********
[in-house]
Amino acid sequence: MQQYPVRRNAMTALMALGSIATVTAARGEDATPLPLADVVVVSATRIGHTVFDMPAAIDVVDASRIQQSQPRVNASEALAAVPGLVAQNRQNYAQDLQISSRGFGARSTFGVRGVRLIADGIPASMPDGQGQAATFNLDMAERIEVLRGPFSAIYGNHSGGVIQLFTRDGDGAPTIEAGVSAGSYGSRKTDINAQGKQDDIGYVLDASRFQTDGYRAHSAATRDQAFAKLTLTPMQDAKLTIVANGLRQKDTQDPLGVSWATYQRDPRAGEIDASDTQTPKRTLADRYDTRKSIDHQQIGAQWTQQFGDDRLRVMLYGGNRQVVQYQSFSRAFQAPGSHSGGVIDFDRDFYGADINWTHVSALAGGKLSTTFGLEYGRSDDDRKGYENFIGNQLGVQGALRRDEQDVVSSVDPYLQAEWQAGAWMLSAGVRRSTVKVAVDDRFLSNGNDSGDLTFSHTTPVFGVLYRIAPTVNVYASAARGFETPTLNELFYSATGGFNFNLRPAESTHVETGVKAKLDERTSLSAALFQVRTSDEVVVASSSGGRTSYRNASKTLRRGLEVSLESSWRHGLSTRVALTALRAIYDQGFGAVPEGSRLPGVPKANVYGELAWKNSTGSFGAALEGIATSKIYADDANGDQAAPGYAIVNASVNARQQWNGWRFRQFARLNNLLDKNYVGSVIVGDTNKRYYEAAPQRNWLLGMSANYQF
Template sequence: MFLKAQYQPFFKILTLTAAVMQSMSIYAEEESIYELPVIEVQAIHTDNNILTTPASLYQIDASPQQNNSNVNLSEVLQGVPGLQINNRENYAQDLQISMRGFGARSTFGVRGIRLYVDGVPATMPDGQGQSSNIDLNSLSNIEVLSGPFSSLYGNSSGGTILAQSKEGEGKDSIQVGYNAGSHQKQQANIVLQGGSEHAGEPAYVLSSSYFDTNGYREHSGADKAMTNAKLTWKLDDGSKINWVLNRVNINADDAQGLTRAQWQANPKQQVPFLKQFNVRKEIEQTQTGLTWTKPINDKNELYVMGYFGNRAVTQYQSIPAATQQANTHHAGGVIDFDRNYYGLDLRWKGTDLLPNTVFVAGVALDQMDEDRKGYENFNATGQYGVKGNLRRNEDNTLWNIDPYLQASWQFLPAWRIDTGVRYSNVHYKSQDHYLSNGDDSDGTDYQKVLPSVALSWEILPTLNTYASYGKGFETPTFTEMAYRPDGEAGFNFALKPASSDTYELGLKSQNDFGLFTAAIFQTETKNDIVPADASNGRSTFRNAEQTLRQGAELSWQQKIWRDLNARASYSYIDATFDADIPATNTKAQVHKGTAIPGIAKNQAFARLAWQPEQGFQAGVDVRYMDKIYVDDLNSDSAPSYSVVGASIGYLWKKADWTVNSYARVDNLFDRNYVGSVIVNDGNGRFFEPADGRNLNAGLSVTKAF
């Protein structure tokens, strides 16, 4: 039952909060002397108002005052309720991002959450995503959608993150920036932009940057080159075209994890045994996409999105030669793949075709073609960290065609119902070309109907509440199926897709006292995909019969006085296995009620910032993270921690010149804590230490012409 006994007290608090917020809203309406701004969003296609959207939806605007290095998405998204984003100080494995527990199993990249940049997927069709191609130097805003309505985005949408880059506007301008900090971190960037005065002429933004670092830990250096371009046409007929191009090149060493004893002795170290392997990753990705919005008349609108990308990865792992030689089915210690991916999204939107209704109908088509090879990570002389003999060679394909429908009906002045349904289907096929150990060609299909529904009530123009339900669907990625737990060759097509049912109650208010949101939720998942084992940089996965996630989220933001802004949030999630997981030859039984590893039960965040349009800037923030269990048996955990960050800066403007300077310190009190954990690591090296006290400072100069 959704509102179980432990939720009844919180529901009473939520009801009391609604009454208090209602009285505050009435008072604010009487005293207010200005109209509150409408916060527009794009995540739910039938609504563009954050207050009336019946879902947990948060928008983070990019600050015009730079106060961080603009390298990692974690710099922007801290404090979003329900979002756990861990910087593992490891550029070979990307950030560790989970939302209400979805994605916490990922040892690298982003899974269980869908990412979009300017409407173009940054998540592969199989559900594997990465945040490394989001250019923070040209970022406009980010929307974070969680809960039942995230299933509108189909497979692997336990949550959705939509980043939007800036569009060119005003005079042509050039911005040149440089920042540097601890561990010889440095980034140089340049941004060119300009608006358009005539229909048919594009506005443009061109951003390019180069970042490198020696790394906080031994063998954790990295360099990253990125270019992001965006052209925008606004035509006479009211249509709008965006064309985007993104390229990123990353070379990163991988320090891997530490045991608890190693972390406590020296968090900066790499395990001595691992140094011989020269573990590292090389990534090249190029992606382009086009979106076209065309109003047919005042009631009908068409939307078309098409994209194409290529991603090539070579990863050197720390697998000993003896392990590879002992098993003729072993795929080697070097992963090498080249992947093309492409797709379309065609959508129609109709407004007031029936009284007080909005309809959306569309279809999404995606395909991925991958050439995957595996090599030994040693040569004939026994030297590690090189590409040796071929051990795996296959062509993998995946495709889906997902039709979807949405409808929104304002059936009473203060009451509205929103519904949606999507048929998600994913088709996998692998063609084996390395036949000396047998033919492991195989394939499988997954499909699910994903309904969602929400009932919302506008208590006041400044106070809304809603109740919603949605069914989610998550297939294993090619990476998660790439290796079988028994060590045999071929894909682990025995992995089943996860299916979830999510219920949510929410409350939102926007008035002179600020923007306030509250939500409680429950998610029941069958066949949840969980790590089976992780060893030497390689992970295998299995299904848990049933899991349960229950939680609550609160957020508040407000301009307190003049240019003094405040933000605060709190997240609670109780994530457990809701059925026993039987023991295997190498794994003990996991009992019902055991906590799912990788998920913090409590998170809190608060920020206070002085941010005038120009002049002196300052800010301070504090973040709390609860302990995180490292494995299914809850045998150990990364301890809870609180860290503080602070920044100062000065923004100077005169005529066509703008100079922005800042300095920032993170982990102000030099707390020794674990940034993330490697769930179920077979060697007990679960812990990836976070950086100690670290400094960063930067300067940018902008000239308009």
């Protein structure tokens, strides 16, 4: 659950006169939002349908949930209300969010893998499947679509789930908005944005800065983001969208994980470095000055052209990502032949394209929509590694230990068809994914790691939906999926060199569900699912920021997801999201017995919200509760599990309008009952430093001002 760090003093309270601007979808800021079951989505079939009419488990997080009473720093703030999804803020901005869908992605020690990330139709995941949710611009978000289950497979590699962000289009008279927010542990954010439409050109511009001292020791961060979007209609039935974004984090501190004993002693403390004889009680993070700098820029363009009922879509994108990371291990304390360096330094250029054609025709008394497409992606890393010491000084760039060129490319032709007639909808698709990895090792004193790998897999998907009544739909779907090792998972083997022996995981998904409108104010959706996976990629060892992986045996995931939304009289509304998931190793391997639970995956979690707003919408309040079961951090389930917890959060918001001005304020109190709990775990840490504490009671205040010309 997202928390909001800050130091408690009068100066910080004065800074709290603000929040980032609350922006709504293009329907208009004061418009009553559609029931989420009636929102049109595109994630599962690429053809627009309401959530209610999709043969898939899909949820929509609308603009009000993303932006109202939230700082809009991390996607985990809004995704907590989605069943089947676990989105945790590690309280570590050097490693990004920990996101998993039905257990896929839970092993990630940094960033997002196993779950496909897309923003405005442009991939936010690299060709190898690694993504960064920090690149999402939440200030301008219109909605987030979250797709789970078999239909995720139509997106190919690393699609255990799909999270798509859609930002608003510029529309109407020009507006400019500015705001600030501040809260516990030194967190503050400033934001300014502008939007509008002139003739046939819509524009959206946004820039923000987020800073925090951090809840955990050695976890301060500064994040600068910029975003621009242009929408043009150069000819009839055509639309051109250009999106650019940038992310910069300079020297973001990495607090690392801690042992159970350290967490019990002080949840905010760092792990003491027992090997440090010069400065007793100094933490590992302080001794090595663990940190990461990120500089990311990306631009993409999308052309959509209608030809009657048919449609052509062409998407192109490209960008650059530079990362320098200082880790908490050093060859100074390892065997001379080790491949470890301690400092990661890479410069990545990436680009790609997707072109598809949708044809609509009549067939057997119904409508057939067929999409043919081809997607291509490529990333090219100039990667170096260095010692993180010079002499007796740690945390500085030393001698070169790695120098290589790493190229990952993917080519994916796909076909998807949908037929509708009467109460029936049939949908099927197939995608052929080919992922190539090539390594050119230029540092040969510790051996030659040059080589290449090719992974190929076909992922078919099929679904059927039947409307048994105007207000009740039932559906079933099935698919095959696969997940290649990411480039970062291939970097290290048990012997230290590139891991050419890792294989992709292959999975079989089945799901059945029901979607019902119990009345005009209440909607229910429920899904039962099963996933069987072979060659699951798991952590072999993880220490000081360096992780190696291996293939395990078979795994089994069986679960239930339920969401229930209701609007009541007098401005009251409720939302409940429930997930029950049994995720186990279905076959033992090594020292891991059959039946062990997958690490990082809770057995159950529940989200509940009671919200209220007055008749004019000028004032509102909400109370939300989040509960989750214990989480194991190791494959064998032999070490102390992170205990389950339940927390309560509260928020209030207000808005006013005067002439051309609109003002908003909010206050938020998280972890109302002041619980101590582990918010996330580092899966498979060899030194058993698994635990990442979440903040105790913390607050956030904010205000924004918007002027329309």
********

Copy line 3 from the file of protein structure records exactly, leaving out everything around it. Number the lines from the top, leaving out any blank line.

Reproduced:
Template sequence: MFLKAQYQPFFKILTLTAAVMQSMSIYAEEESIYELPVIEVQAIHTDNNILTTPASLYQIDASPQQNNSNVNLSEVLQGVPGLQINNRENYAQDLQISMRGFGARSTFGVRGIRLYVDGVPATMPDGQGQSSNIDLNSLSNIEVLSGPFSSLYGNSSGGTILAQSKEGEGKDSIQVGYNAGSHQKQQANIVLQGGSEHAGEPAYVLSSSYFDTNGYREHSGADKAMTNAKLTWKLDDGSKINWVLNRVNINADDAQGLTRAQWQANPKQQVPFLKQFNVRKEIEQTQTGLTWTKPINDKNELYVMGYFGNRAVTQYQSIPAATQQANTHHAGGVIDFDRNYYGLDLRWKGTDLLPNTVFVAGVALDQMDEDRKGYENFNATGQYGVKGNLRRNEDNTLWNIDPYLQASWQFLPAWRIDTGVRYSNVHYKSQDHYLSNGDDSDGTDYQKVLPSVALSWEILPTLNTYASYGKGFETPTFTEMAYRPDGEAGFNFALKPASSDTYELGLKSQNDFGLFTAAIFQTETKNDIVPADASNGRSTFRNAEQTLRQGAELSWQQKIWRDLNARASYSYIDATFDADIPATNTKAQVHKGTAIPGIAKNQAFARLAWQPEQGFQAGVDVRYMDKIYVDDLNSDSAPSYSVVGASIGYLWKKADWTVNSYARVDNLFDRNYVGSVIVNDGNGRFFEPADGRNLNAGLSVTKAF